Candle Wick Yarn

I just uncovered a bag of Candle Wick Yarn I bought while thrift shopping over Christmas week. I’d squirreled it away in a corner of my sewing area and promptly forgotten about it. I was thrilled to discover it anew a couple of days ago. The price tag reads $2.99 but it may have been a half-price buy. I don’t remember now.

I plan to use it for embroidering. In fact I just used some of the chocolate brown to make this elephant patch for Eli’s backpack.

But there is a lot of yarn here. Perhaps one day I will attempt some candlemaking? Maysem of Ode to Inspiration recently wrote a post about some candles she made that made it sound like a lot of fun. The yarn comes as three strands that I understand are then braided together in different ways depending on how one wants the candle to burn. I always thought it would be fun to make dipped candles. I can imagine doing that with Eli when he is quite a bit older and we are homeschooling, maybe during a unit on the pioneer days.

How would you use a bag of candle wick yarn?

Thanks for reading!

Karen

Here’s where Im linking up.

Saturday:

The Gingerbread BlogToo Much Time On My Hands,

Six Sisters StuffSerenity YouBe Different Act Normal

Sunday:

Homemaker on a Dime,  I {heart} Naptime,  Flamingo ToesMy 1929 Charmer Blog,

Monday:

Get Outta My Head PleaseSkip to My LouThe Gunny SackSew Can Do,

Singing Three Little BirdsEtcetorizeDittle Dattle,

C.R.A.F.T.,  diy home sweet homeCraft-O Maniac, Sew Chatty, Artful Rising,

Sarahndipities Just Winging ItEverything Under the Moon,

The Cure for the Common Monday

Tuesday:

At Home With KNot Just a HousewifeHope StudiosFunky Polkadot Giraffe,

Kammy’s KornerThe Kurtz CornerI’m Topsy TurvyTip Junkie,

Raising 4 PrincessesThe Creative Itch BoutiqueSchwin and Schwin

Tip Junkie handmade projects

Wednesday:

Sew Much AdoFrugally SustainableThe Shady PorchTea Rose HomeLil’ Luna,

Someday CraftsPassionately ArtisticWhatever WednesdayTrendy Tots

Thursday:

Mom On TimeoutThrifty DecoratingBear Rabbit Bear,

The Crafty BlogstalkerThe Shabby Creek CottageHouse of Hepworths,

Sorta Crunchy, Delightful OrderSaved by Love Creations,

Between U & Me,  Anything Goes Linky Party,

Friday:

Simply DesigningWhipperberry,  Happy Hour Projectskojodesigns,

Joyful StamperMaking Lemonade BlogThirty Handmade Days,

Release Me CreationsNaptime CraftersRomantic HomeFinding Fabulous,

Shabby NestFrench Country Cottage, The Charm of HomeThe Grant Life,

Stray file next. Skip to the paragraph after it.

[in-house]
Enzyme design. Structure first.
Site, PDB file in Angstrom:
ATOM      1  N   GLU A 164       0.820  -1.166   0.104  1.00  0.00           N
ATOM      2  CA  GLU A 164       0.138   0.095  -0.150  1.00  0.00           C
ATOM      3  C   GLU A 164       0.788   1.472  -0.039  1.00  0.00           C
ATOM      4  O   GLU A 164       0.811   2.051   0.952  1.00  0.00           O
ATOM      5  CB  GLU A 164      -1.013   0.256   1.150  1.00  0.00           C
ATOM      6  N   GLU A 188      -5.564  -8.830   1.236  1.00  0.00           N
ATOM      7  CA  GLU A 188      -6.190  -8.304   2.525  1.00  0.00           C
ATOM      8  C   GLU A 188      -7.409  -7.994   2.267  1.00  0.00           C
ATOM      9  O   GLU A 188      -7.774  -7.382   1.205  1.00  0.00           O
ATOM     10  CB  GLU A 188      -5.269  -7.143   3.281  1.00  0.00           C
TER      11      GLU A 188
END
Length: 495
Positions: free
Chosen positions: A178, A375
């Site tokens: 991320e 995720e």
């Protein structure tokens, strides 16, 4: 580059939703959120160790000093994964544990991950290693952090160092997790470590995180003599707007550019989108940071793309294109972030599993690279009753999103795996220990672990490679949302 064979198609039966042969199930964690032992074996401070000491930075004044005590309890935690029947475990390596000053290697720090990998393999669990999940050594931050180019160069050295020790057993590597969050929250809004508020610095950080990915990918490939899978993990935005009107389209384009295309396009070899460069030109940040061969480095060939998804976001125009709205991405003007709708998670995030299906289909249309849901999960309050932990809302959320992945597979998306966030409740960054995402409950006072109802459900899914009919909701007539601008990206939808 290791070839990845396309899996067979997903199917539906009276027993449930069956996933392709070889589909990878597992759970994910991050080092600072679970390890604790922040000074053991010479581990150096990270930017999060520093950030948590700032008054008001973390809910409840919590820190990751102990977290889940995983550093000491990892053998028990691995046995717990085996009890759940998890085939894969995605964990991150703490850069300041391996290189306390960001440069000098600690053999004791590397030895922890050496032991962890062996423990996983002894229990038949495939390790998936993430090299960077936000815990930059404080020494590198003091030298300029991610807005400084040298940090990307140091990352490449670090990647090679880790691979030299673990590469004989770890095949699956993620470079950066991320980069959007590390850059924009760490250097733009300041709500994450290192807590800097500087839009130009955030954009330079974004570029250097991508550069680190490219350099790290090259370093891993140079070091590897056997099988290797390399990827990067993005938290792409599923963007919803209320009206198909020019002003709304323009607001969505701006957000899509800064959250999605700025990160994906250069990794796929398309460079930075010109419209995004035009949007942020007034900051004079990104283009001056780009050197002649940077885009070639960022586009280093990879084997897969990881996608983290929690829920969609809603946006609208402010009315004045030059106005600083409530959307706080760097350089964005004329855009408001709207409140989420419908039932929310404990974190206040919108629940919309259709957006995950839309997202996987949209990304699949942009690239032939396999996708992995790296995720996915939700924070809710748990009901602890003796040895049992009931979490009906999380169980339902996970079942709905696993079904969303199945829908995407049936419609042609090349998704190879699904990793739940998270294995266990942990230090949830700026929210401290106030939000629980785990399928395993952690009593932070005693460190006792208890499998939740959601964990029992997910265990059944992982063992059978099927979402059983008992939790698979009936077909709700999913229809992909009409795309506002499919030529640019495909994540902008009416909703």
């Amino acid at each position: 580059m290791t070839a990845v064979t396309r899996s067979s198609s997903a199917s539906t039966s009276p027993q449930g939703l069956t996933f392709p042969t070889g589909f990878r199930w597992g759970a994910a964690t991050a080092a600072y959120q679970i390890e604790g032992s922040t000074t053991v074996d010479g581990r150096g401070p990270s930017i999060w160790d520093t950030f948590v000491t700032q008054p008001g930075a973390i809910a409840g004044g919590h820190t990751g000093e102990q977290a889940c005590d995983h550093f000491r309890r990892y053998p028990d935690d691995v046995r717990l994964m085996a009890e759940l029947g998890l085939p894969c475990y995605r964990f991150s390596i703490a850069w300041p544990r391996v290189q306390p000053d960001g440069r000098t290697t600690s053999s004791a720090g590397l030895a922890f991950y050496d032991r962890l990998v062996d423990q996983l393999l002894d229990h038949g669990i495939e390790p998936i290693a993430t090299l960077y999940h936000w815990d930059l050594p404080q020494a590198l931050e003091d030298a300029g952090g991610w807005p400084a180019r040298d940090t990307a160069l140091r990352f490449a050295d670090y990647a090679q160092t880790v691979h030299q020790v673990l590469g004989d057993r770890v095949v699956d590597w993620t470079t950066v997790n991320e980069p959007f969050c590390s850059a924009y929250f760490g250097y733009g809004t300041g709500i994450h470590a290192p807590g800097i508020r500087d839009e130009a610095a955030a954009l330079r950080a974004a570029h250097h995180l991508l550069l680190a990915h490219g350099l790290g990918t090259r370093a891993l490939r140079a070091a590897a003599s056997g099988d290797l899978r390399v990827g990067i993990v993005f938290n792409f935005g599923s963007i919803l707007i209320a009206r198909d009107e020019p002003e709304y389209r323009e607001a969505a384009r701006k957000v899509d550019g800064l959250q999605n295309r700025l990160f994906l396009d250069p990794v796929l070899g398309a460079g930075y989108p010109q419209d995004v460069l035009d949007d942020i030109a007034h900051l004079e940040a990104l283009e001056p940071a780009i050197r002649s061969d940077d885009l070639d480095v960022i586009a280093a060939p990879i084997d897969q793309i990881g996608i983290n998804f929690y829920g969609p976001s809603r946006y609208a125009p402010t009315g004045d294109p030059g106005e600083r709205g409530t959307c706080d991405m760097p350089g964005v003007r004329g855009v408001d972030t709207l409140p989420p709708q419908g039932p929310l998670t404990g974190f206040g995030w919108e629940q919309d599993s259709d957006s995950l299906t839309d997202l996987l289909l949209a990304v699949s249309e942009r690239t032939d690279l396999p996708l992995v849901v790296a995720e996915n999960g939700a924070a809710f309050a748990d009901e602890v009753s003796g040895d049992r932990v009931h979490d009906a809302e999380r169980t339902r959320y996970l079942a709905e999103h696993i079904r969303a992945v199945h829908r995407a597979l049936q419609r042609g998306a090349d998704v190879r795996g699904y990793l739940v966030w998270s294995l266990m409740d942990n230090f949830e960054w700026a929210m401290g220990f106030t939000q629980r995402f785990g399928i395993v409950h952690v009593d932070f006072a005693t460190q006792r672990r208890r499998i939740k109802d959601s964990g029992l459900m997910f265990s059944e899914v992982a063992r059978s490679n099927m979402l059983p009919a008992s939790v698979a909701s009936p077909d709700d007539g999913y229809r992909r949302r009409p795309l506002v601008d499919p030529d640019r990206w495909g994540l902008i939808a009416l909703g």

At the Picket FenceFingerprints on the Fridge, One Art Mama2805

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18 Comments

  1. Maysem said,

    March 4, 2012 at 9:51 am

    Wow Karen! I feel so special:D Thanks for the shout out! I’m not familiar with candle wick yarn. Is it the same texture as a regular wick or is it actually more like embroidery thread? In the picture it appears like it would have the feel of embroidery thread. I love how you used it for embroidery..LOVE the elephant patch! I would probably do the same…use it as for embroidery but also experiment with it for candles. How many different ways can a candle burn? Now that’s new to me too! So I would experiment with that…braid them all the different ways just to see the difference:P That would be fun to do with Eli!

    • March 5, 2012 at 7:48 am

      It definitely feels like embroidery thread, but each strand is a little thicker than one strand of the “real” stuff.

      As for how many ways a candle burns… from what I read people braid it different ways so that the wick will curl down as it burns, or they want there to be more capillary action pulling more molten wax up to the flame affecting the speed of the burn and the brightness. SOme people braid it with a flammable metal such as lead so that the end of the wick disappears as it burns. This produces toxic vapors though so I wouldn’t recommend it. I’m sure there is a more to it, but I just did a cursory preliminary read.

    • March 5, 2012 at 7:51 am

      I’ve been meaning to ask you, how do you change the little picture that appears when you leave a comment? I’ve got the default quilt square looking thing and I’d like to customize it but have no idea how. You are also on WordPress, maybe you remember how you did it?